Ecological problems of Japan and ways to solve them | Ecology of Japan

Japan differs from other countries in that it is located on numerous islands in a seismic zone. However, it is a very technically advanced state with the most modern technology in the world.

Features of the nature of Japan

The main distinguishing feature of this country is high seismic activity. There are up to 1,500 earthquakes per year. Most of them do not have destructive power, but are felt by a person.

Japan has a well-developed forest. Forests cover more than 60% of the country’s territory. In total, more than 700 species of trees and 3,000 herbs are known. The islands are covered with all types of forests mixed, coniferous and deciduous. On different islands of Japan, the nature of the forest varies.

The Japanese islands have no connection with the mainland, therefore, in the animal world of this country there are endemics living creatures and plants that are characteristic only for a certain territory. In general, the flora and fauna here are very rich.

Description of the ecological system

The ecological situation in Japan has changed depending on the period of development, as well as external factors. The great destruction that befell the country during the Second World War brought the state to the brink of existence. On the territory of the Japanese cities of Hiroshima and Nagasaki, nuclear bomb explosions occurred, which determined the radiation contamination of these areas.

In order to restore infrastructure and raise living standards after the hostilities of the mid-20th century, Japan took steps that did not include environmental protection. Nuclear power plants, numerous highways were built, a lot of work was done to create transport infrastructure. This resulted in the deterioration of the ecological situation and severe environmental pollution.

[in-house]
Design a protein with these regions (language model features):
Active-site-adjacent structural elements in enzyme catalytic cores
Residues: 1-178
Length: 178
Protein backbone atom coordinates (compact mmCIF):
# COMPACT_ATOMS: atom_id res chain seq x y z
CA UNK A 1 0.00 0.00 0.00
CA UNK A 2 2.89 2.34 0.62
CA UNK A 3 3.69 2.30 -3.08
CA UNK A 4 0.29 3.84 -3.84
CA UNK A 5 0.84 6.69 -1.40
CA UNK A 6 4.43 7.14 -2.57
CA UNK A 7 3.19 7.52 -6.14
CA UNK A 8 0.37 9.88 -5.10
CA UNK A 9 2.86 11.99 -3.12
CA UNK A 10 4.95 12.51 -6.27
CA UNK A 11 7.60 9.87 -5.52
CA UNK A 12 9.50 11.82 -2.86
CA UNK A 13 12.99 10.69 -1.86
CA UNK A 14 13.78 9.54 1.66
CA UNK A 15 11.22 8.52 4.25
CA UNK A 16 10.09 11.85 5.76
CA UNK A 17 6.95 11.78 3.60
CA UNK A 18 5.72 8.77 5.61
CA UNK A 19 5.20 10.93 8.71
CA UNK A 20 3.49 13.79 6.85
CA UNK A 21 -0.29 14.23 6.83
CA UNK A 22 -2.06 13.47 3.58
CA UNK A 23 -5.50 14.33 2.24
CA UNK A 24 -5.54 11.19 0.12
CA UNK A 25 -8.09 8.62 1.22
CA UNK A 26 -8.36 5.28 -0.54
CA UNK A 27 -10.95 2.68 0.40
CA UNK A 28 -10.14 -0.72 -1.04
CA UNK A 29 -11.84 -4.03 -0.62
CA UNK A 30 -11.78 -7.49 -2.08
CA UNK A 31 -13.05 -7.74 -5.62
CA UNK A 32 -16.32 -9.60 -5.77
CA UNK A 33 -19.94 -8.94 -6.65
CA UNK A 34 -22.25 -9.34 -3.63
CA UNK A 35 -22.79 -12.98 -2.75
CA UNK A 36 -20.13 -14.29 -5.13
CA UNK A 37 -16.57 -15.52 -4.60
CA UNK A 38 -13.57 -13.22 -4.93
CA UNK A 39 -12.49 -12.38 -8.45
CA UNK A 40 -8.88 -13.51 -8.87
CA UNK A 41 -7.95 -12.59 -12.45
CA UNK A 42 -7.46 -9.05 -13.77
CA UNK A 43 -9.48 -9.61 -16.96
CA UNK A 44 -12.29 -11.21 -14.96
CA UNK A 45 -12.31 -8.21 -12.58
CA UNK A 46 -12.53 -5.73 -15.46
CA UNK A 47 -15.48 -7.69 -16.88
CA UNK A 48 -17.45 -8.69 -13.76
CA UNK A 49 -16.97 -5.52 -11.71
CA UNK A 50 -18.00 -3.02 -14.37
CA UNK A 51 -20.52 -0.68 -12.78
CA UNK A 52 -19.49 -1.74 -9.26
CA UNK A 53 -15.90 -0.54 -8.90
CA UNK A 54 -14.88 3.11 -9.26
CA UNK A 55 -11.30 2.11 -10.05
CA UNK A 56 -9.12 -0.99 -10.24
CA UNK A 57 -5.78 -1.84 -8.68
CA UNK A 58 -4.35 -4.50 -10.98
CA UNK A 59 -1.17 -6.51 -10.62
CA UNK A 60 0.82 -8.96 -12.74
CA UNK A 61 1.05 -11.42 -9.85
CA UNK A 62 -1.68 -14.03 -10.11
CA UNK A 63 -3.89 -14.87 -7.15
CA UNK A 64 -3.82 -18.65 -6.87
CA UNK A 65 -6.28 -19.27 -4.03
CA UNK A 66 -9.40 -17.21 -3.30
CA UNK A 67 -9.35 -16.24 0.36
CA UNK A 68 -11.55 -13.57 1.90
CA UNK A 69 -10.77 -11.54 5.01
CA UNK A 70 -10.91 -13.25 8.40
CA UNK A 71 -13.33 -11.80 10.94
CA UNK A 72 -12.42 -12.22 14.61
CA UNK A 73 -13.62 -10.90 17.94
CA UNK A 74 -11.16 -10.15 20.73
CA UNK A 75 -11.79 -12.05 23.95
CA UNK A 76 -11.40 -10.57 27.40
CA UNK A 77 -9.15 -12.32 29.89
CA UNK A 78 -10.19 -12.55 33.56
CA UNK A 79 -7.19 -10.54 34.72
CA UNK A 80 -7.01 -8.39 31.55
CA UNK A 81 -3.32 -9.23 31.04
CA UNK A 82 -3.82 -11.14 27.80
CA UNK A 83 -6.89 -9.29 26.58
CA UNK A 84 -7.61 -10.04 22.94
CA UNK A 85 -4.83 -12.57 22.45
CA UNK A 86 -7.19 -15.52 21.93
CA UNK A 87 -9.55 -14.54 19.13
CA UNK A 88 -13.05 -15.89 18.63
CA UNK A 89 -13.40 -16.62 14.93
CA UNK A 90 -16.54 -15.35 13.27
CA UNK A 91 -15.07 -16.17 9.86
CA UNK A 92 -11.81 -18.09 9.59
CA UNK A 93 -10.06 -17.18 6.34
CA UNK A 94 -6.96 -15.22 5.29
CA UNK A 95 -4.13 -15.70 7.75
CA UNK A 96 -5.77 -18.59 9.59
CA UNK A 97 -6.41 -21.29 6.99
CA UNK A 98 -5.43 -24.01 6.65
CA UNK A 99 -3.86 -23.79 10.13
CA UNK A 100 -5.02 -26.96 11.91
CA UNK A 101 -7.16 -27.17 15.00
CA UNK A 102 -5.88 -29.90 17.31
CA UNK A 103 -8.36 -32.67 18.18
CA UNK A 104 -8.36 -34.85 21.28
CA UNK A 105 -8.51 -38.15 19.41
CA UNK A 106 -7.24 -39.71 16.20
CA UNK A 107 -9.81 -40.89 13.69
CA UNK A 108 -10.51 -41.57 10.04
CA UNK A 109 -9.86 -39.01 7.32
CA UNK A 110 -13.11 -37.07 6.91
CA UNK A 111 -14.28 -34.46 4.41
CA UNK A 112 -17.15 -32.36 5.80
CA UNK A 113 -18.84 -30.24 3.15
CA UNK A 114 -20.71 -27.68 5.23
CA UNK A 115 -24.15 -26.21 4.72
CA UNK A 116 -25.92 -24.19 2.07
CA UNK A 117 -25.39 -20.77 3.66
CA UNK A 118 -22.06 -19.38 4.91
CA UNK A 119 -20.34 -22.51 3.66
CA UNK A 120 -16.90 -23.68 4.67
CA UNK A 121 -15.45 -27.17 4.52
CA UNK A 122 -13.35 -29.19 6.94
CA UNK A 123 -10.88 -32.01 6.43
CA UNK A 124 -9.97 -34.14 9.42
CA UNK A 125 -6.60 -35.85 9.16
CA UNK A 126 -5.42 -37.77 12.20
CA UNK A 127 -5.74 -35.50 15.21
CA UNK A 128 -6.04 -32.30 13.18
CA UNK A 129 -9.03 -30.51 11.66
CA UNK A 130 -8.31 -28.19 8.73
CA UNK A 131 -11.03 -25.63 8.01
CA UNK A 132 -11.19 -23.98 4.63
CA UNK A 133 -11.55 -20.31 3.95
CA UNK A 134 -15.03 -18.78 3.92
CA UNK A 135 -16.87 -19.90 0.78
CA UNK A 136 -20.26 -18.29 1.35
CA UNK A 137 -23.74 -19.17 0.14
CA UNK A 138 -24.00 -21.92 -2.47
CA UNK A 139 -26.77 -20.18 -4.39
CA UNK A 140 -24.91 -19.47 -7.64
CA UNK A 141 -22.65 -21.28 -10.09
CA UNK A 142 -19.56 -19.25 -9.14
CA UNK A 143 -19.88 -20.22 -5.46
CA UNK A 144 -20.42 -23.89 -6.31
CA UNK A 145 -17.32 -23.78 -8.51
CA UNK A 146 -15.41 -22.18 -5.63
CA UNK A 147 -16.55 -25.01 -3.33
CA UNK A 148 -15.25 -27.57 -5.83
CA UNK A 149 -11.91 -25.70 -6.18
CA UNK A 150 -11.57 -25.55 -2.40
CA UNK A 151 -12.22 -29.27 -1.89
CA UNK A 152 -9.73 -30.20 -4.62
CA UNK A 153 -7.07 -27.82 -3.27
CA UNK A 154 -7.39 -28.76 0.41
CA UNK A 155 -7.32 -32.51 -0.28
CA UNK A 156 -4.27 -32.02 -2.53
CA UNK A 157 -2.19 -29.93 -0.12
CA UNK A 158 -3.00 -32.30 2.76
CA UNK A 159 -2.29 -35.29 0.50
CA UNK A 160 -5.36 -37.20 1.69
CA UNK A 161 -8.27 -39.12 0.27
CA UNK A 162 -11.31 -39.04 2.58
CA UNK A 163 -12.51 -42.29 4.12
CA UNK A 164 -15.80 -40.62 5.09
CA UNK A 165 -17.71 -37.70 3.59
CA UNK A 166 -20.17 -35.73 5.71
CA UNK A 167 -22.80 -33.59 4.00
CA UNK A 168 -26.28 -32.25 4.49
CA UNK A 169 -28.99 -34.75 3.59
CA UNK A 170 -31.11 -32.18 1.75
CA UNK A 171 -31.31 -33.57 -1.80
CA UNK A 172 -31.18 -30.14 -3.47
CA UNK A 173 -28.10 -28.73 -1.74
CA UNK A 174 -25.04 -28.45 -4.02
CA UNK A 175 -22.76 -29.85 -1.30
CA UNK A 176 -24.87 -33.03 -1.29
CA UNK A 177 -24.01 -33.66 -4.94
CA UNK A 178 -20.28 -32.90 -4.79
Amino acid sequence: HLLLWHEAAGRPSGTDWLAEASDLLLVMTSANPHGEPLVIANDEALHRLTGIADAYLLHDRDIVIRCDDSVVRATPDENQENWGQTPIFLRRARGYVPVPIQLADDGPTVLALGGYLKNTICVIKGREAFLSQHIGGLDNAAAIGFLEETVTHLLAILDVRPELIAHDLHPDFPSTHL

Aware of the deteriorating ecology and the increasing pressure on the nature of the islands, the Japanese authorities adopted new environmental legislation in 1970. The revised approach to natural resources and their protection from anthropogenic impact has helped to stabilize the situation.

Modern problems of ecology in Japan

Nowadays, the Japanese islands have several major environmental problems: air pollution of megacities with vehicle exhaust gases, disposal of household waste, as well as swamping of important water bodies.

The industrial and scientific activity of modern Japan is aimed not only at technical progress, but also at environmental protection. Today there is a balance between the development of technology and the protection of nature. Japanese engineers make a huge contribution to the world experience in energy-saving technologies. As part of the fight for clean air, more and more advanced car engines are being developed, public and personal transport on electric traction (electric vehicles) is being introduced.

Japan’s environmental activities also affect global climate change. The country participates in the Kyoto Protocol a document on the reduction of carbon dioxide emissions, as well as other chemicals that contribute to the development of the greenhouse effect on the planet.

Due to the high seismic activity in the region, Japan is almost always at risk of sudden and uncontrolled environmental pollution. This is evidenced by the earthquake that occurred on March 11, 2011. As a result of tremors, the process tanks of the Fukushima-1 nuclear power plant were damaged, from which radiation leaked. The radioactive background at the accident site exceeded the maximum allowable by eight times.

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